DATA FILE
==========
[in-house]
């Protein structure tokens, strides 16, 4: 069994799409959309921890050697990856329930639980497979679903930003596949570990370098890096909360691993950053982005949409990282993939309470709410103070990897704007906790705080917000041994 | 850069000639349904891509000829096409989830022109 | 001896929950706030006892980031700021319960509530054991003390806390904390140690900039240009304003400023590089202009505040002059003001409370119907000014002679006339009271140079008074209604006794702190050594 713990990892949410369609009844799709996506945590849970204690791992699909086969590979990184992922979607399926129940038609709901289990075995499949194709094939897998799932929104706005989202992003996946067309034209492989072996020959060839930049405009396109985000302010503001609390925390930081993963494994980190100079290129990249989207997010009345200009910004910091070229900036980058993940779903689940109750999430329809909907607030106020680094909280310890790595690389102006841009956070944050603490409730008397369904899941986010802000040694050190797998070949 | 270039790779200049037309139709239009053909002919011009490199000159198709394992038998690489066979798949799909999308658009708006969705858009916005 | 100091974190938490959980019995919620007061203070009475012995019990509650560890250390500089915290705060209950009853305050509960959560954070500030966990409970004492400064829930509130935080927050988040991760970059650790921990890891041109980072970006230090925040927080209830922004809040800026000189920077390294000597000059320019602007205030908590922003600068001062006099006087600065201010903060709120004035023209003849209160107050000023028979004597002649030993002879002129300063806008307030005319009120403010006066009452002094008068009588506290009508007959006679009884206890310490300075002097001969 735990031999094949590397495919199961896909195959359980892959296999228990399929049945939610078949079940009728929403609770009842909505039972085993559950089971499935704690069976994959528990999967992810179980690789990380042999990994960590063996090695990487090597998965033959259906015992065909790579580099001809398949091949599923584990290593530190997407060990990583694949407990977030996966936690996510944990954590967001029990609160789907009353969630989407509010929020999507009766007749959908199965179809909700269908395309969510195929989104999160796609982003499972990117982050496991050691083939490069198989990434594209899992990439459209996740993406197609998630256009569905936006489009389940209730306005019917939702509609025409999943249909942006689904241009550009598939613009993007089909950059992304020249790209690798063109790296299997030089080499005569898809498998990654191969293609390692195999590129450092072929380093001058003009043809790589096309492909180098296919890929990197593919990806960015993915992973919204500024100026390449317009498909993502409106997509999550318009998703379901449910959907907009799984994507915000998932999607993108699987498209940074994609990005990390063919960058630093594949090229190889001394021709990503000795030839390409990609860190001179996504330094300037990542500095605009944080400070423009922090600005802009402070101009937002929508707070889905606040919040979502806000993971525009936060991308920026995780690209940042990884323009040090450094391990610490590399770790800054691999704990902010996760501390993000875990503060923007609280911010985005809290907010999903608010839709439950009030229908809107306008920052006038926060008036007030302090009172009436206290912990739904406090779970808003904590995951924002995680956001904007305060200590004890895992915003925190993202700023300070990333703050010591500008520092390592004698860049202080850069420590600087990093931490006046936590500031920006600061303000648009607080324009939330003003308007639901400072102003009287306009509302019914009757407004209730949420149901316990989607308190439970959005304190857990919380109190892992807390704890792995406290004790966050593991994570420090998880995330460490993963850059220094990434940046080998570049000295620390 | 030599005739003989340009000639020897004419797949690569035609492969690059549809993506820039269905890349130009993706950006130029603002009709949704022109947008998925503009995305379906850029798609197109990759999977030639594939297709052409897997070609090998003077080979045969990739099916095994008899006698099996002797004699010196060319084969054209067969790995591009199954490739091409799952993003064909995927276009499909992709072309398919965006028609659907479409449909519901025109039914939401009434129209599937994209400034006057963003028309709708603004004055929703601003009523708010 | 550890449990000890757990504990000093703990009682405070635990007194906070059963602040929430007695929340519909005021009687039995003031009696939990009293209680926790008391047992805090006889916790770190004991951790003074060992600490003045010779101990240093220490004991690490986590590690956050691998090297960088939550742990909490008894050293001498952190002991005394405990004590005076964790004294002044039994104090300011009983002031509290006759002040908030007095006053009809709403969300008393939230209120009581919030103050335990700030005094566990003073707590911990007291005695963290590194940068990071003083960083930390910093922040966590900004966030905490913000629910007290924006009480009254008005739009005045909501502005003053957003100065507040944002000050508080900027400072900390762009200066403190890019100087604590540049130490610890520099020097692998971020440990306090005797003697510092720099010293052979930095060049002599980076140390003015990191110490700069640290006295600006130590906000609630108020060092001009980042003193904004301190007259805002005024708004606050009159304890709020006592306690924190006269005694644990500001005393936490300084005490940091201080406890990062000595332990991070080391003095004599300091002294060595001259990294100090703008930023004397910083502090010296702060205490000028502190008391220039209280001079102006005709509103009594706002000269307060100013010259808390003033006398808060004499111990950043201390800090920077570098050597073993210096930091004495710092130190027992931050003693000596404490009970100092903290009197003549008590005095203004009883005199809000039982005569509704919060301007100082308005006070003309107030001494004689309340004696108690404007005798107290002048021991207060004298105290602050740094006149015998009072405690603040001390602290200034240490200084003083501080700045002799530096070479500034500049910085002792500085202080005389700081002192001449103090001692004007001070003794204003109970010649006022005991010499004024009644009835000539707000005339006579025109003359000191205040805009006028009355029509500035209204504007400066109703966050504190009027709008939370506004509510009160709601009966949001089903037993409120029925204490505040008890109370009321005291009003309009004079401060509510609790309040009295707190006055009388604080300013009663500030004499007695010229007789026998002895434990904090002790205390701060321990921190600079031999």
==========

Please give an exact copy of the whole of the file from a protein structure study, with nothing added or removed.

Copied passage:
[in-house]
């Protein structure tokens, strides 16, 4: 069994799409959309921890050697990856329930639980497979679903930003596949570990370098890096909360691993950053982005949409990282993939309470709410103070990897704007906790705080917000041994 | 850069000639349904891509000829096409989830022109 | 001896929950706030006892980031700021319960509530054991003390806390904390140690900039240009304003400023590089202009505040002059003001409370119907000014002679006339009271140079008074209604006794702190050594 713990990892949410369609009844799709996506945590849970204690791992699909086969590979990184992922979607399926129940038609709901289990075995499949194709094939897998799932929104706005989202992003996946067309034209492989072996020959060839930049405009396109985000302010503001609390925390930081993963494994980190100079290129990249989207997010009345200009910004910091070229900036980058993940779903689940109750999430329809909907607030106020680094909280310890790595690389102006841009956070944050603490409730008397369904899941986010802000040694050190797998070949 | 270039790779200049037309139709239009053909002919011009490199000159198709394992038998690489066979798949799909999308658009708006969705858009916005 | 100091974190938490959980019995919620007061203070009475012995019990509650560890250390500089915290705060209950009853305050509960959560954070500030966990409970004492400064829930509130935080927050988040991760970059650790921990890891041109980072970006230090925040927080209830922004809040800026000189920077390294000597000059320019602007205030908590922003600068001062006099006087600065201010903060709120004035023209003849209160107050000023028979004597002649030993002879002129300063806008307030005319009120403010006066009452002094008068009588506290009508007959006679009884206890310490300075002097001969 735990031999094949590397495919199961896909195959359980892959296999228990399929049945939610078949079940009728929403609770009842909505039972085993559950089971499935704690069976994959528990999967992810179980690789990380042999990994960590063996090695990487090597998965033959259906015992065909790579580099001809398949091949599923584990290593530190997407060990990583694949407990977030996966936690996510944990954590967001029990609160789907009353969630989407509010929020999507009766007749959908199965179809909700269908395309969510195929989104999160796609982003499972990117982050496991050691083939490069198989990434594209899992990439459209996740993406197609998630256009569905936006489009389940209730306005019917939702509609025409999943249909942006689904241009550009598939613009993007089909950059992304020249790209690798063109790296299997030089080499005569898809498998990654191969293609390692195999590129450092072929380093001058003009043809790589096309492909180098296919890929990197593919990806960015993915992973919204500024100026390449317009498909993502409106997509999550318009998703379901449910959907907009799984994507915000998932999607993108699987498209940074994609990005990390063919960058630093594949090229190889001394021709990503000795030839390409990609860190001179996504330094300037990542500095605009944080400070423009922090600005802009402070101009937002929508707070889905606040919040979502806000993971525009936060991308920026995780690209940042990884323009040090450094391990610490590399770790800054691999704990902010996760501390993000875990503060923007609280911010985005809290907010999903608010839709439950009030229908809107306008920052006038926060008036007030302090009172009436206290912990739904406090779970808003904590995951924002995680956001904007305060200590004890895992915003925190993202700023300070990333703050010591500008520092390592004698860049202080850069420590600087990093931490006046936590500031920006600061303000648009607080324009939330003003308007639901400072102003009287306009509302019914009757407004209730949420149901316990989607308190439970959005304190857990919380109190892992807390704890792995406290004790966050593991994570420090998880995330460490993963850059220094990434940046080998570049000295620390 | 030599005739003989340009000639020897004419797949690569035609492969690059549809993506820039269905890349130009993706950006130029603002009709949704022109947008998925503009995305379906850029798609197109990759999977030639594939297709052409897997070609090998003077080979045969990739099916095994008899006698099996002797004699010196060319084969054209067969790995591009199954490739091409799952993003064909995927276009499909992709072309398919965006028609659907479409449909519901025109039914939401009434129209599937994209400034006057963003028309709708603004004055929703601003009523708010 | 550890449990000890757990504990000093703990009682405070635990007194906070059963602040929430007695929340519909005021009687039995003031009696939990009293209680926790008391047992805090006889916790770190004991951790003074060992600490003045010779101990240093220490004991690490986590590690956050691998090297960088939550742990909490008894050293001498952190002991005394405990004590005076964790004294002044039994104090300011009983002031509290006759002040908030007095006053009809709403969300008393939230209120009581919030103050335990700030005094566990003073707590911990007291005695963290590194940068990071003083960083930390910093922040966590900004966030905490913000629910007290924006009480009254008005739009005045909501502005003053957003100065507040944002000050508080900027400072900390762009200066403190890019100087604590540049130490610890520099020097692998971020440990306090005797003697510092720099010293052979930095060049002599980076140390003015990191110490700069640290006295600006130590906000609630108020060092001009980042003193904004301190007259805002005024708004606050009159304890709020006592306690924190006269005694644990500001005393936490300084005490940091201080406890990062000595332990991070080391003095004599300091002294060595001259990294100090703008930023004397910083502090010296702060205490000028502190008391220039209280001079102006005709509103009594706002000269307060100013010259808390003033006398808060004499111990950043201390800090920077570098050597073993210096930091004495710092130190027992931050003693000596404490009970100092903290009197003549008590005095203004009883005199809000039982005569509704919060301007100082308005006070003309107030001494004689309340004696108690404007005798107290002048021991207060004298105290602050740094006149015998009072405690603040001390602290200034240490200084003083501080700045002799530096070479500034500049910085002792500085202080005389700081002192001449103090001692004007001070003794204003109970010649006022005991010499004024009644009835000539707000005339006579025109003359000191205040805009006028009355029509500035209204504007400066109703966050504190009027709008939370506004509510009160709601009966949001089903037993409120029925204490505040008890109370009321005291009003309009004079401060509510609790309040009295707190006055009388604080300013009663500030004499007695010229007789026998002895434990904090002790205390701060321990921190600079031999």